Judge Sugarman was quite correct in his prediction that we would view with disfavor his refusing to permit appellant adequate opportunity to prepare himself to cross-examine the witnesses and fully present his views. In a situation such as the one at bar, it is incumbent upon the trial judge to exercise an "informed independent judgment" in passing on the compromise. First National Bank of Cincinnati v. Flershem, 290 U.S. 504, 525-526, 54 S.Ct. 298, 78 L.Ed. 465 (1934); National Surety Co. v. Coriell, 289 U.S. 426, 53 S.Ct. 678, 77 L.Ed. 1300 (1933). In order to exercise such judgment in a judicious manner it is obviously necessary that all interested parties be heard.3 The need for careful judicial scrutiny is especially important where the parties before the court are not wholly uninfluenced by considerations other than the best interests of the debtor. National Surety Co. v. Coriell, supra at 436-437, 53 S.Ct. 681, 682. Although Robbins was undoubtedly a gadfly, particularly in his efforts to saddle the court with unaided review of the mountainous record of the earlier proceedings, it was certainly his right to question the witnesses closely, concerning the amounts as well as the substance of the claims involved in the proposed compromise. This opportunity he was denied. In view of the fact that the proceeding had already continued for over nine years it is difficult to justify the urgency which persuaded the court to refuse appellant a reasonable adjournment so as to allow counsel time to prepare to cross-examine.
After agreeing to adjourn until a later date, Judge Sugarman, apparently finally provoked by Mr. Robbins' insistence upon introducing the entire record of the previous hearings determined to "settle this thing right now. If it is an abuse of discretion, let the chips fall where they may." The colloquy indicates that the Court may have closed its mind to appellant's position, and consequently casts serious doubt upon the entire hearing.
Appellant also attacks the judgment, on the grounds that it was beyond the power of the District Court, absent permission by this court, to compromise claims on appeal. It is axiomatic that as a general rule a court has no power to reopen a final judgment once an appeal is taken as jurisdiction passes to the higher court. E. g., Ideal Toy Corp. v. Sayco Doll Corp., 302 F.2d 623 (2 Cir. 1962); Smith v. Pollin, 90 U.S.App.D.C. 178, 194 F.2d 349, 350 (1952); Isgrig v. United States, 109 F.2d 131. While a compromise of "any controversy arising in the administration of the estate" is authorized by section 27 of the Bankruptcy Act, 11 U.S.C.A. § 50, and a stockholder's derivative action may be compromised over the objections of the plaintiff shareholder, Masterson v. Pergament, 203 F.2d 315 (6 Cir. 1953) cert. denied 346 U.S. 832, 74 S.Ct. 33, 78 L.Ed. 355; Stella v. Kaiser, 218 F.2d 64 (2 Cir. 1954) cert. denied 350 U.S. 835, 76 S.Ct. 71, 100 L.Ed. 745 (1955); 3 Moore's Federal Practice 3557, that is not to say that the District Court has the power to order a compromise of a claim which is pending before an appellate court absent the permission of such court.4 However, since we have determined that the order of compromise cannot be affirmed in any event due to the denial of a sufficient hearing to appellant we find it unnecessary to decide this question.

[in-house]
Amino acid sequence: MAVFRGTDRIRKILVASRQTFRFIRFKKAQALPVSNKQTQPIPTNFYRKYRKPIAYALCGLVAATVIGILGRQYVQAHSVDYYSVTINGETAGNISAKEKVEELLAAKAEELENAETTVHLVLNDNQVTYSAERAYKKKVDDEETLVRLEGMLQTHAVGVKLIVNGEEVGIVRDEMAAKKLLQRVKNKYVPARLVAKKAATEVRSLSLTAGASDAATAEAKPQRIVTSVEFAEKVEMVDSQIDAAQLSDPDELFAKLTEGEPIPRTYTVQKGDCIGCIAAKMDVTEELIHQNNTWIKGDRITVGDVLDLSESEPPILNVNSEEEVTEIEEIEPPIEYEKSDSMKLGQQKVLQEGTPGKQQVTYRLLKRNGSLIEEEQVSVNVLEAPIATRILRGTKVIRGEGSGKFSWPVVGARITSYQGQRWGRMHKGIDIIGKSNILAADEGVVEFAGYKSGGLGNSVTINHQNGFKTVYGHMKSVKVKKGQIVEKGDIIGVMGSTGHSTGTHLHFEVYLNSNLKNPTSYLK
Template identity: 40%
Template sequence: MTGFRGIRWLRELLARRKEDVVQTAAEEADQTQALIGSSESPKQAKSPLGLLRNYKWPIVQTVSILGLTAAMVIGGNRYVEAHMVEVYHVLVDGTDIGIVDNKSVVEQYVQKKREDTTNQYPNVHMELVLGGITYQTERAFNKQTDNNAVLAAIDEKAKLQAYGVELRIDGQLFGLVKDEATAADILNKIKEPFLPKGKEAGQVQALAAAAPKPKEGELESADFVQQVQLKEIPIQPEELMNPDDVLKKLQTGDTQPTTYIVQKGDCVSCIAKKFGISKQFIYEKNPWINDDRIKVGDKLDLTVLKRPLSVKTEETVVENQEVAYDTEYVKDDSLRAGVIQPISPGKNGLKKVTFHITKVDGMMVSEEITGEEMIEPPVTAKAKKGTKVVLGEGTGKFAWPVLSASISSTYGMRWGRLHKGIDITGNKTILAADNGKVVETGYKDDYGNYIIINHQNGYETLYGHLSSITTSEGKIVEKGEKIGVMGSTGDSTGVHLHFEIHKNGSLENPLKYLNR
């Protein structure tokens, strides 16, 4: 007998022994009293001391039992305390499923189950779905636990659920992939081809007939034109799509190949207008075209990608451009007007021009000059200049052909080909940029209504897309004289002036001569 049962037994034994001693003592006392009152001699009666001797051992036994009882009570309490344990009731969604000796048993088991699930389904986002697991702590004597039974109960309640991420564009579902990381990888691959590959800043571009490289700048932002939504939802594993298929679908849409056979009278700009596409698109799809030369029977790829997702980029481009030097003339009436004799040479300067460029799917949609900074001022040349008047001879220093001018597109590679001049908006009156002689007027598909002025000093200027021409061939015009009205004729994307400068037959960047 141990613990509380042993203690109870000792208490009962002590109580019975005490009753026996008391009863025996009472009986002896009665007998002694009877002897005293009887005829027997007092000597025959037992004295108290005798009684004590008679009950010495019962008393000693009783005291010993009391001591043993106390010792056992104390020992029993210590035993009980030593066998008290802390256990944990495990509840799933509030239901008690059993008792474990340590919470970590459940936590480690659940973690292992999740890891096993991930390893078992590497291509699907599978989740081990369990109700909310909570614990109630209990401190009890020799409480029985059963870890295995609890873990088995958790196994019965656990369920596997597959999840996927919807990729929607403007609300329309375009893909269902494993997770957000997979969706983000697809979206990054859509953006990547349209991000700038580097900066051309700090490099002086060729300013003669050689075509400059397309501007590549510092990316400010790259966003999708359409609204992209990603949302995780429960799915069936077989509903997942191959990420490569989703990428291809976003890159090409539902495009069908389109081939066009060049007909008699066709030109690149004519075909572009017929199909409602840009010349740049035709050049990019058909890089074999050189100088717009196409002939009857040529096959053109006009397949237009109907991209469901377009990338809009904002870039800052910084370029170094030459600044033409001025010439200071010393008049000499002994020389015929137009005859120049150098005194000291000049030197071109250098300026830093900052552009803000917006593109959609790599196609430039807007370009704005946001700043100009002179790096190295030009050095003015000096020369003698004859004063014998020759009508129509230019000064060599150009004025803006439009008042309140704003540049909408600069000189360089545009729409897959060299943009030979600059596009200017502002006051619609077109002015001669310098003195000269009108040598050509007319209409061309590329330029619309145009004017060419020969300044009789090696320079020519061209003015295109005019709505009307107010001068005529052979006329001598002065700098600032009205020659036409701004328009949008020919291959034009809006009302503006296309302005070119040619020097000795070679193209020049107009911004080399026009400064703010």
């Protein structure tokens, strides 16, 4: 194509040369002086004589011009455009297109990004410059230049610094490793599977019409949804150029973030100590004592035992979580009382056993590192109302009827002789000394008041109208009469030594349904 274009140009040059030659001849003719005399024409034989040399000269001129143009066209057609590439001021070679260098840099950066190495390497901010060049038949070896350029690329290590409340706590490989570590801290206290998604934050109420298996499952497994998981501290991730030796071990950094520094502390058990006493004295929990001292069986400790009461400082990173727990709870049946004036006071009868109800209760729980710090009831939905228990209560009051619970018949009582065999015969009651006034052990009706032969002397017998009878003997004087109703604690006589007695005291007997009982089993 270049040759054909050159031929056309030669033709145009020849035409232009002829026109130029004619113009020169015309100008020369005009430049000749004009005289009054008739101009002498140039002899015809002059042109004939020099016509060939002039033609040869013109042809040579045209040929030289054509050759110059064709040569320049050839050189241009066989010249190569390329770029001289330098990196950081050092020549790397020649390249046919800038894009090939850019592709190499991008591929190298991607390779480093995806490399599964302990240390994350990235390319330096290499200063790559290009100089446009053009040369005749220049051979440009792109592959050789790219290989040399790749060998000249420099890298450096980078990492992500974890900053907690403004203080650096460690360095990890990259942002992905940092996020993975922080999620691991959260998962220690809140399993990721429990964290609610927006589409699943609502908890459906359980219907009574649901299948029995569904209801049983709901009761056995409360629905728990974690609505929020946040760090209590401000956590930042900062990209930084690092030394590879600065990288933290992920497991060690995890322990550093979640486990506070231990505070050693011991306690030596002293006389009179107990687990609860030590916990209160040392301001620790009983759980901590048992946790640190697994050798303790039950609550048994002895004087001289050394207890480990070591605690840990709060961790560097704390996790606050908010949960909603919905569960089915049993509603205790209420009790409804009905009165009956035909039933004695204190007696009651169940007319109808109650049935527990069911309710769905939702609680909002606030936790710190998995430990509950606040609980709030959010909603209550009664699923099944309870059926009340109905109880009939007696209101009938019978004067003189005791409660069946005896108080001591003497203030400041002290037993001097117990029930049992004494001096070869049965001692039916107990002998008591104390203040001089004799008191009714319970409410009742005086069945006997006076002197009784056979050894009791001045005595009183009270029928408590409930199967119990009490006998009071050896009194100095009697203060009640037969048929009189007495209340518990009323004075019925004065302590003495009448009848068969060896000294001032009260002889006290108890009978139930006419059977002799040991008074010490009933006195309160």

In view of the fact that the Supreme Court has granted certiorari in Weinstein v. Wolf, and Fried v. Margolis, we think it wise for the District Court to refrain from making any final determination concerning the proposed compromise until the Supreme Court announces its decision in these cases which could affect the ownership and control of the Debtor as well as Fried's debts to the corporation.
We are entirely in accord with the purpose of the District Court to bring an end to this seemingly endless litigation. We think it best therefore to remit both appeals so that the District Court may finally dispose of the entire set of claims and cross-claims after the Supreme Court has spoken. To this end we vacate the judgment in Appeal No. 27248 and remand to the District Court for such action as it may deem proper. Reversed and remanded on both appeals.
The so-called lease has been held to be a license, Wolf Brief in Appeal No. 27464, p. 6
"It is intended that acceptance of this offer will compromise all controversies between the debtor or debtor-in-possession and Enterprises or Fried which arenow in litigation." (Emphasis added.)
Section 206 of the Bankruptcy Act provides: "The debtor, the indenture trustees, and any creditor or stockholder of the debtor shall have the right to be heard on all matters arising in a proceeding under this chapter." 11 U.S.C.A. § 606
But see Chlupsa v. Posvic, 113 F.2d 375 (7 Cir. 1940)